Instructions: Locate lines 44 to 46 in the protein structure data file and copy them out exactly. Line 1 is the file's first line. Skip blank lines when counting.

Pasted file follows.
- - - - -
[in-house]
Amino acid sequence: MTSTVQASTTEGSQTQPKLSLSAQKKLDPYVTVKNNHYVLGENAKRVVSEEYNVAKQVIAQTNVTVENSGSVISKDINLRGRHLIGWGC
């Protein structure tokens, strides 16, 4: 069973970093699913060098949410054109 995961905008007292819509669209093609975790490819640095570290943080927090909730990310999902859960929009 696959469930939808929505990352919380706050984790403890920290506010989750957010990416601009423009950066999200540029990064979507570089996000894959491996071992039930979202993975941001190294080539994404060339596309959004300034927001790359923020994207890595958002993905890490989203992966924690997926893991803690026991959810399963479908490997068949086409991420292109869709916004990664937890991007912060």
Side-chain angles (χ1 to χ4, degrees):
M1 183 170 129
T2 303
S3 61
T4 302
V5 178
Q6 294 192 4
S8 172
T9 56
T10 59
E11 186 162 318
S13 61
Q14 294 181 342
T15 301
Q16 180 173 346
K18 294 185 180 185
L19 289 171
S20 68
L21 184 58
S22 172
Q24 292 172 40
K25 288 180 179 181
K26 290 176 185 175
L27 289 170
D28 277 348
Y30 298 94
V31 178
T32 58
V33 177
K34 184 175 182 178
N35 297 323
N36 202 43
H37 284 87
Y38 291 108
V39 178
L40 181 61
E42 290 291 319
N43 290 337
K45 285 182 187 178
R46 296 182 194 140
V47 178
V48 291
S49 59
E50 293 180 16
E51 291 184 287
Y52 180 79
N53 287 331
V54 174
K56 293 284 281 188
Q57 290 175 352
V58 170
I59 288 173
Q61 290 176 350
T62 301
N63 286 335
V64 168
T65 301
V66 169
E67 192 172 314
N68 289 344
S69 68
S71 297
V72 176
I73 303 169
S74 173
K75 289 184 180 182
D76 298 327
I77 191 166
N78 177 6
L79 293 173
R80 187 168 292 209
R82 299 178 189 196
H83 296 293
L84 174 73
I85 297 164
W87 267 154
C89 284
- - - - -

V47 178
V48 291
S49 59